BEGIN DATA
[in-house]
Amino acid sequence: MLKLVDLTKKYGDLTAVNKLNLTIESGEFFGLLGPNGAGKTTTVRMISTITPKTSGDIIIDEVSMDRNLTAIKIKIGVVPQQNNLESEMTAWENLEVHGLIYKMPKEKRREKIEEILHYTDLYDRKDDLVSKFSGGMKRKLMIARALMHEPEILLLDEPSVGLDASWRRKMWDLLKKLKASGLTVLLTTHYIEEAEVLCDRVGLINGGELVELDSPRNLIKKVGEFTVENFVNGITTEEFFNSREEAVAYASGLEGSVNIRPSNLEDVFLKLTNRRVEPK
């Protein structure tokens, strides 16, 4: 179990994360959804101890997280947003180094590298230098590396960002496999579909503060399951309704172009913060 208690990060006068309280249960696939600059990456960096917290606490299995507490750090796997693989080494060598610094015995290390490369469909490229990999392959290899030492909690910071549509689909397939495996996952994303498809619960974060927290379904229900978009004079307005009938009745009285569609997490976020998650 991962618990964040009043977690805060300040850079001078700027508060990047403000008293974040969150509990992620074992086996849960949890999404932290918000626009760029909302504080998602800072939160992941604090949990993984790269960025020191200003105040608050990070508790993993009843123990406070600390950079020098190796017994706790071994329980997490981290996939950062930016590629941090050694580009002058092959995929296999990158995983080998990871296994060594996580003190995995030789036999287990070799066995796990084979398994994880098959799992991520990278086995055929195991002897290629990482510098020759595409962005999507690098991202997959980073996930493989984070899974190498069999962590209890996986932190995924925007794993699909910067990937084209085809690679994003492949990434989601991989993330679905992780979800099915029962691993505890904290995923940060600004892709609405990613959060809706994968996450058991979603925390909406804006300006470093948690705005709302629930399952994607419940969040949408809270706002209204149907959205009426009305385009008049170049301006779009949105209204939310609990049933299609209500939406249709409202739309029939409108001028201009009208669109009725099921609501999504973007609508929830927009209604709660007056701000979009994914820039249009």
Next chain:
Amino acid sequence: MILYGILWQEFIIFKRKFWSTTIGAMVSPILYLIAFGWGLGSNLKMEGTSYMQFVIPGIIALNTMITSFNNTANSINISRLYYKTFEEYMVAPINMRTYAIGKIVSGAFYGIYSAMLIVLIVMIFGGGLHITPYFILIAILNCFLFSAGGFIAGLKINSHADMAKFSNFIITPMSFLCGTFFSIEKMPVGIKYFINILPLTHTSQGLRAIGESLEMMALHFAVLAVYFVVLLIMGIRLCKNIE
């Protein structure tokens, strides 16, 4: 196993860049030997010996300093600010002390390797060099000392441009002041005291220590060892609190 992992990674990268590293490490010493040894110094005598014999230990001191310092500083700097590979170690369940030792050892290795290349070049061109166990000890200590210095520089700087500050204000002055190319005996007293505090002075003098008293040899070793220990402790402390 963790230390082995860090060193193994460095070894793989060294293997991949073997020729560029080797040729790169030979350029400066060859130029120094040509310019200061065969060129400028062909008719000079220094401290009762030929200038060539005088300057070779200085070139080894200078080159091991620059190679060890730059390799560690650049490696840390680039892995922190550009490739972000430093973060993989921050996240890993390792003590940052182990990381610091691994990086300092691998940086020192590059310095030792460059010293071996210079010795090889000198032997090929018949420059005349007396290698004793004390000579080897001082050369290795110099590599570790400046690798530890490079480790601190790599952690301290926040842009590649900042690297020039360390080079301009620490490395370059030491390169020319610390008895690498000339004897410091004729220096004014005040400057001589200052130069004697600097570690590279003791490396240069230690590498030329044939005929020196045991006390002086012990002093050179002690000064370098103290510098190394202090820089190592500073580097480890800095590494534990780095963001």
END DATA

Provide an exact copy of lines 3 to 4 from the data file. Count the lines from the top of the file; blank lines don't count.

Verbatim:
């Protein structure tokens, strides 16, 4: 179990994360959804101890997280947003180094590298230098590396960002496999579909503060399951309704172009913060 208690990060006068309280249960696939600059990456960096917290606490299995507490750090796997693989080494060598610094015995290390490369469909490229990999392959290899030492909690910071549509689909397939495996996952994303498809619960974060927290379904229900978009004079307005009938009745009285569609997490976020998650 991962618990964040009043977690805060300040850079001078700027508060990047403000008293974040969150509990992620074992086996849960949890999404932290918000626009760029909302504080998602800072939160992941604090949990993984790269960025020191200003105040608050990070508790993993009843123990406070600390950079020098190796017994706790071994329980997490981290996939950062930016590629941090050694580009002058092959995929296999990158995983080998990871296994060594996580003190995995030789036999287990070799066995796990084979398994994880098959799992991520990278086995055929195991002897290629990482510098020759595409962005999507690098991202997959980073996930493989984070899974190498069999962590209890996986932190995924925007794993699909910067990937084209085809690679994003492949990434989601991989993330679905992780979800099915029962691993505890904290995923940060600004892709609405990613959060809706994968996450058991979603925390909406804006300006470093948690705005709302629930399952994607419940969040949408809270706002209204149907959205009426009305385009008049170049301006779009949105209204939310609990049933299609209500939406249709409202739309029939409108001028201009009208669109009725099921609501999504973007609508929830927009209604709660007056701000979009994914820039249009």
Next chain: